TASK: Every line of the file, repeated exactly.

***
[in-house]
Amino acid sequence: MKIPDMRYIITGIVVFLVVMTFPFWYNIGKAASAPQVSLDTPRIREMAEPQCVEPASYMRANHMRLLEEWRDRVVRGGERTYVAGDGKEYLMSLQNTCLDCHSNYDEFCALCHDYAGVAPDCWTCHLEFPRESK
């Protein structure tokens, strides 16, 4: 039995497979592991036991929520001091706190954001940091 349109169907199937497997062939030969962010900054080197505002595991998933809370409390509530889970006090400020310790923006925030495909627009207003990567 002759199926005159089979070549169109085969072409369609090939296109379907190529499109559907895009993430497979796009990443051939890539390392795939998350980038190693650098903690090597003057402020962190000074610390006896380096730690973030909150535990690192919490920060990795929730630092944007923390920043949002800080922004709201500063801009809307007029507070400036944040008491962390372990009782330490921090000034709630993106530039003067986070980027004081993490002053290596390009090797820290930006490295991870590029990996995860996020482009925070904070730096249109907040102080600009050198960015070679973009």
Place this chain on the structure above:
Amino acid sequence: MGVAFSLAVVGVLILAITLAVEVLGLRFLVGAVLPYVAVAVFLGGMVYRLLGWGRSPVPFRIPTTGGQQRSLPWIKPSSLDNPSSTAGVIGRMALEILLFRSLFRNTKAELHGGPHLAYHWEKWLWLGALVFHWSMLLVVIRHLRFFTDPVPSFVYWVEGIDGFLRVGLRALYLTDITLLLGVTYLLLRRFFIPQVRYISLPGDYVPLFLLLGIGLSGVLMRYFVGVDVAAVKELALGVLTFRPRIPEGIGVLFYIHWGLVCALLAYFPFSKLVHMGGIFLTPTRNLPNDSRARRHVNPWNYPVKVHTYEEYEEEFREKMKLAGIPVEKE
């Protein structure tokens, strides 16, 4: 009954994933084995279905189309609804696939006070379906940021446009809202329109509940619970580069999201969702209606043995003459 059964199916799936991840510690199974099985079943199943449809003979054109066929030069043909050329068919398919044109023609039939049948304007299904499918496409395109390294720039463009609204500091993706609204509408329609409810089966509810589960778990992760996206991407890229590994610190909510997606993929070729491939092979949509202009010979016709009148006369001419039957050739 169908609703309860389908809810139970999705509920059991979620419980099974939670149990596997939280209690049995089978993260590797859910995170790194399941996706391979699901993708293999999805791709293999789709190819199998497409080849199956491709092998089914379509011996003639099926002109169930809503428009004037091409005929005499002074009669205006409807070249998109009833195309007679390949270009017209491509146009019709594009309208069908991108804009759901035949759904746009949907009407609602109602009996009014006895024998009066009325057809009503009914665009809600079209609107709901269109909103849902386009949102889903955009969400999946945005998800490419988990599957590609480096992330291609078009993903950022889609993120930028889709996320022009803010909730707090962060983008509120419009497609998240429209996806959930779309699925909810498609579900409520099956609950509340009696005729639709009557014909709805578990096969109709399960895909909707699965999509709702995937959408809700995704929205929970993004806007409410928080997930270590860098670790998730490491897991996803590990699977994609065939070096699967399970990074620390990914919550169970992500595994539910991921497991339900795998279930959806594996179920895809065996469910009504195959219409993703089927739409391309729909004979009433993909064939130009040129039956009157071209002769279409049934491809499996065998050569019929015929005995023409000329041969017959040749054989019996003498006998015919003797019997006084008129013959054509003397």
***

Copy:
[in-house]
Amino acid sequence: MKIPDMRYIITGIVVFLVVMTFPFWYNIGKAASAPQVSLDTPRIREMAEPQCVEPASYMRANHMRLLEEWRDRVVRGGERTYVAGDGKEYLMSLQNTCLDCHSNYDEFCALCHDYAGVAPDCWTCHLEFPRESK
């Protein structure tokens, strides 16, 4: 039995497979592991036991929520001091706190954001940091 349109169907199937497997062939030969962010900054080197505002595991998933809370409390509530889970006090400020310790923006925030495909627009207003990567 002759199926005159089979070549169109085969072409369609090939296109379907190529499109559907895009993430497979796009990443051939890539390392795939998350980038190693650098903690090597003057402020962190000074610390006896380096730690973030909150535990690192919490920060990795929730630092944007923390920043949002800080922004709201500063801009809307007029507070400036944040008491962390372990009782330490921090000034709630993106530039003067986070980027004081993490002053290596390009090797820290930006490295991870590029990996995860996020482009925070904070730096249109907040102080600009050198960015070679973009």
Place this chain on the structure above:
Amino acid sequence: MGVAFSLAVVGVLILAITLAVEVLGLRFLVGAVLPYVAVAVFLGGMVYRLLGWGRSPVPFRIPTTGGQQRSLPWIKPSSLDNPSSTAGVIGRMALEILLFRSLFRNTKAELHGGPHLAYHWEKWLWLGALVFHWSMLLVVIRHLRFFTDPVPSFVYWVEGIDGFLRVGLRALYLTDITLLLGVTYLLLRRFFIPQVRYISLPGDYVPLFLLLGIGLSGVLMRYFVGVDVAAVKELALGVLTFRPRIPEGIGVLFYIHWGLVCALLAYFPFSKLVHMGGIFLTPTRNLPNDSRARRHVNPWNYPVKVHTYEEYEEEFREKMKLAGIPVEKE
């Protein structure tokens, strides 16, 4: 009954994933084995279905189309609804696939006070379906940021446009809202329109509940619970580069999201969702209606043995003459 059964199916799936991840510690199974099985079943199943449809003979054109066929030069043909050329068919398919044109023609039939049948304007299904499918496409395109390294720039463009609204500091993706609204509408329609409810089966509810589960778990992760996206991407890229590994610190909510997606993929070729491939092979949509202009010979016709009148006369001419039957050739 169908609703309860389908809810139970999705509920059991979620419980099974939670149990596997939280209690049995089978993260590797859910995170790194399941996706391979699901993708293999999805791709293999789709190819199998497409080849199956491709092998089914379509011996003639099926002109169930809503428009004037091409005929005499002074009669205006409807070249998109009833195309007679390949270009017209491509146009019709594009309208069908991108804009759901035949759904746009949907009407609602109602009996009014006895024998009066009325057809009503009914665009809600079209609107709901269109909103849902386009949102889903955009969400999946945005998800490419988990599957590609480096992330291609078009993903950022889609993120930028889709996320022009803010909730707090962060983008509120419009497609998240429209996806959930779309699925909810498609579900409520099956609950509340009696005729639709009557014909709805578990096969109709399960895909909707699965999509709702995937959408809700995704929205929970993004806007409410928080997930270590860098670790998730490491897991996803590990699977994609065939070096699967399970990074620390990914919550169970992500595994539910991921497991339900795998279930959806594996179920895809065996469910009504195959219409993703089927739409391309729909004979009433993909064939130009040129039956009157071209002769279409049934491809499996065998050569019929015929005995023409000329041969017959040749054989019996003498006998015919003797019997006084008129013959054509003397």